(Melfort) for the second reading of Bill No. 51, to improve the methods and practices of marketing of natural products in Canada and in export trade, and to make further provisions in connection therewith.
Mr. PIERRE F. CASGRAIN (Charlevoix-Saguenay) (Translation): Mr. Speaker,
apparently, we are passing through a period of schemes and systems generally known as plans or planning. We have but to read the newspapers and reviews to find all kinds of economic reforms advocated by so called learned men, economists and governments. We find an example in the Republic to the south of us with its NRA and various systems. Every one has a new scheme to end the crisis or depression. Perhaps, some day, the right system will be found. It is to be desired. I do not think, however, that the government by its bill No. 51 submitted to us, has discovered the real remedy. The people at the next election, will be given an opportunity to choose between facism, socialism and democracy. Among all the systems proposed, I still prefer democracy. We cannot further try out all kinds of expedients and systems or be satisfied with a policy of evasion or hesitation as the one adopted since four years. Democracy will have to be founded in the future on an economic regime so as to insure the material needs of humanity.
Man has always been an individualist. Society has taught him to organize. Thus we have been given definite working hours, scales of fixed wages, the regulation of work for women and children, etc. In all cases society has always kept in mind the protection of the individual's liberty. That is what has been left out in the bill under consideration. What is lacking to-day, is a fair distribution of wealth. Wealth is in the hands of a few only. The great evil is that its distribution is not proportionate to our requirements.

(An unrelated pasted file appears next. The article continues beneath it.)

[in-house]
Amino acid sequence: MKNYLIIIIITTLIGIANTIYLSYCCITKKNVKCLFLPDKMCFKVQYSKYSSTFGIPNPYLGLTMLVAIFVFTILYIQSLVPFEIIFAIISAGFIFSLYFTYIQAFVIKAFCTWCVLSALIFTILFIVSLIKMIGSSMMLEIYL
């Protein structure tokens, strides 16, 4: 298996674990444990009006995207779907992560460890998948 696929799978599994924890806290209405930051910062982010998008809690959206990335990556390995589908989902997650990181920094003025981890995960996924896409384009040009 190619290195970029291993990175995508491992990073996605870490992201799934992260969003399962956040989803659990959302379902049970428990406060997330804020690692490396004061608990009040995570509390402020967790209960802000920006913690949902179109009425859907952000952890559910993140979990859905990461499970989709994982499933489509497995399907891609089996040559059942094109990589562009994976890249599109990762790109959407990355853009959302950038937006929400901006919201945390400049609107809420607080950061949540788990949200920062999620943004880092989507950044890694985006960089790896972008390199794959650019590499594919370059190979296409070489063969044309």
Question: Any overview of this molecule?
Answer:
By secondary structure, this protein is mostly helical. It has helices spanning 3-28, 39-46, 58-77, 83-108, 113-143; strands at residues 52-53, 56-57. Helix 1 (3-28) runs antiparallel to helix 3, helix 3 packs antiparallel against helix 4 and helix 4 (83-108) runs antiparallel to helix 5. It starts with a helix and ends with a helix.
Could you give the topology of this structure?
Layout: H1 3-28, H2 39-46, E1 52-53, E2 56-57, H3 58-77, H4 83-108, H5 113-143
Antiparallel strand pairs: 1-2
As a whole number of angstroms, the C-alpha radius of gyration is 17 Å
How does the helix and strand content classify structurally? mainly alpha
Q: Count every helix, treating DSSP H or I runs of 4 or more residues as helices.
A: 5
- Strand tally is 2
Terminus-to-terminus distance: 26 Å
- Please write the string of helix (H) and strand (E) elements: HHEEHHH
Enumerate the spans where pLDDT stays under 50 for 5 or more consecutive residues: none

In the United States an effort is being made to remedy this state of things; a greater demand is sought from the consumer by enhancing his purchasing power. I do not think that to attain such an end, production must be curtailed or limited. It should be increased so as to satisfy the requirements of all. We are suffering from too great an abundance, the result of an unwise distribution.
Does the bill introduced, at present, by the government solve these problems, while safe-guai'ding the individual's liberty? I do not think so. The title is a long one: "An Act to improve the methods and practices of marketing of national products in Canada and in export trade, and to make further provision in connection, therewith." I wonder whether the results will be as slow in coming as the government was in introducing this bill. I prefer the title given to it somewhere: Natural Products Marketing Board. I, moreover, prefer the title to the bill itself. The bill is very elaborate and so is the title. As I stated the government was slow in submitting this bill. Were I to criticize the government I would state that it is four years late. I fear that it is a still-born infant, that the government will never put into force, and even if it is explained to the people, especially in our province, they will not put any faith in it. I do not think that the results expected will even be realized, because the provisions of the bill are of a nature to harm the farming class rather than benefit it.
In four years the government has amended, changed and increased the tariff, signed agreements with almost all parts of the Empire, helped industrialists, manufacturers, bankers, insurance and railway companies, and it is only to-day that they give a thought to the farming class.
Fear is the beginning of wisdom. Elections must certainly not be very remote.